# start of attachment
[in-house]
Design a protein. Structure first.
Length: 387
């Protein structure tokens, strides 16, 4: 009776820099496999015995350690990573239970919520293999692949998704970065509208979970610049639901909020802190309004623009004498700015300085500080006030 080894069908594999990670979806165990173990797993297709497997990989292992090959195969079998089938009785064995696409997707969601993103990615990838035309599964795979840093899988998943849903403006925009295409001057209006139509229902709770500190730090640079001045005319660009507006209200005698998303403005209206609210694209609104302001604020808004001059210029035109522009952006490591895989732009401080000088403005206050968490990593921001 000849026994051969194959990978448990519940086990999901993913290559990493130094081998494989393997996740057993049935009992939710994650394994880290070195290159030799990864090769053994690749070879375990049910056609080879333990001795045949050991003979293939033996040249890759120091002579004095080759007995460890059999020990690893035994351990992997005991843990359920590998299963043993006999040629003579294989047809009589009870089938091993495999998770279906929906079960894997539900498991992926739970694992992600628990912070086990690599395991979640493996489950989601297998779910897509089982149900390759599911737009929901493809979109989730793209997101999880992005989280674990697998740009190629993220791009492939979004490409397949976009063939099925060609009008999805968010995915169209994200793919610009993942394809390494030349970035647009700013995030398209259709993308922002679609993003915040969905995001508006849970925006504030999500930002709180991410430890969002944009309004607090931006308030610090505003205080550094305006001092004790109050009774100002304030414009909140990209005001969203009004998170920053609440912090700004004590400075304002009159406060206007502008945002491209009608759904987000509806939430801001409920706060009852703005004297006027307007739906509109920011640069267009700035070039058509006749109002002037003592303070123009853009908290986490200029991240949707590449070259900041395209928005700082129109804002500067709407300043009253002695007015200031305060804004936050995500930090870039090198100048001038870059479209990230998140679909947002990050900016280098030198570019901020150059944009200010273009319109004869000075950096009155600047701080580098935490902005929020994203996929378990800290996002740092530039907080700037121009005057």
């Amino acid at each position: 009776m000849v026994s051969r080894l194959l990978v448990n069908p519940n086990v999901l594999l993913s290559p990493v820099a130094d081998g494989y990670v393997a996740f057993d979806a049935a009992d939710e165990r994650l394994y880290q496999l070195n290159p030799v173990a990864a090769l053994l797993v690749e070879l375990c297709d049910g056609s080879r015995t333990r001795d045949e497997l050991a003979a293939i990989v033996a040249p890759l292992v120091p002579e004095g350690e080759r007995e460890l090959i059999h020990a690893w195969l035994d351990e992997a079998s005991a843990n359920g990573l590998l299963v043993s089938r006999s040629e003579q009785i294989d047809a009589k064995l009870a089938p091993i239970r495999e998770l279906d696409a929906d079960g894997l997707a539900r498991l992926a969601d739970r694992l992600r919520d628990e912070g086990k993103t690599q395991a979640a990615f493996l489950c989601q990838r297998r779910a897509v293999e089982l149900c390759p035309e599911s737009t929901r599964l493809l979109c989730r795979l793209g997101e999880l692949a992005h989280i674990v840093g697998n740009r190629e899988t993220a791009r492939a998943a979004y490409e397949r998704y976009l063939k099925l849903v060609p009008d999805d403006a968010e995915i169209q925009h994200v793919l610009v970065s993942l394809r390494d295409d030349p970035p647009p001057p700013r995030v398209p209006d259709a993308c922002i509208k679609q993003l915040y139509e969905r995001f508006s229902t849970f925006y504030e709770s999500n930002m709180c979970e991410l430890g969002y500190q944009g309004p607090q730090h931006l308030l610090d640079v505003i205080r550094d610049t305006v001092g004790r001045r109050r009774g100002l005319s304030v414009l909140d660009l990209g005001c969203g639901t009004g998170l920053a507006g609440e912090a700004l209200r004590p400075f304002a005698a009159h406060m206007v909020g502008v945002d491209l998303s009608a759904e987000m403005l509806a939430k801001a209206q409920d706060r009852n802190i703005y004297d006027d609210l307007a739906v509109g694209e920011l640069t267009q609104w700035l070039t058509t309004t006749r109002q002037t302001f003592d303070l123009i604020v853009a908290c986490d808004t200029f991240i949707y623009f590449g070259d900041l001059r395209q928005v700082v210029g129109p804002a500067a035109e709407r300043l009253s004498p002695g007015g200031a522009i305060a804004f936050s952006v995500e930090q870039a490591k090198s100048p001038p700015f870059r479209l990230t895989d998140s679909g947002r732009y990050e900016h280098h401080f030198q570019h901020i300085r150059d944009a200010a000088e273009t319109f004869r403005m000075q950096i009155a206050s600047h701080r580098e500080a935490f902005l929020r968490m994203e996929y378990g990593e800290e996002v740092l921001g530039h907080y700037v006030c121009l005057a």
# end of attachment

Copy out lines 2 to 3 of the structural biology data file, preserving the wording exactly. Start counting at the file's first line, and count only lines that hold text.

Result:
Design a protein. Structure first.
Length: 387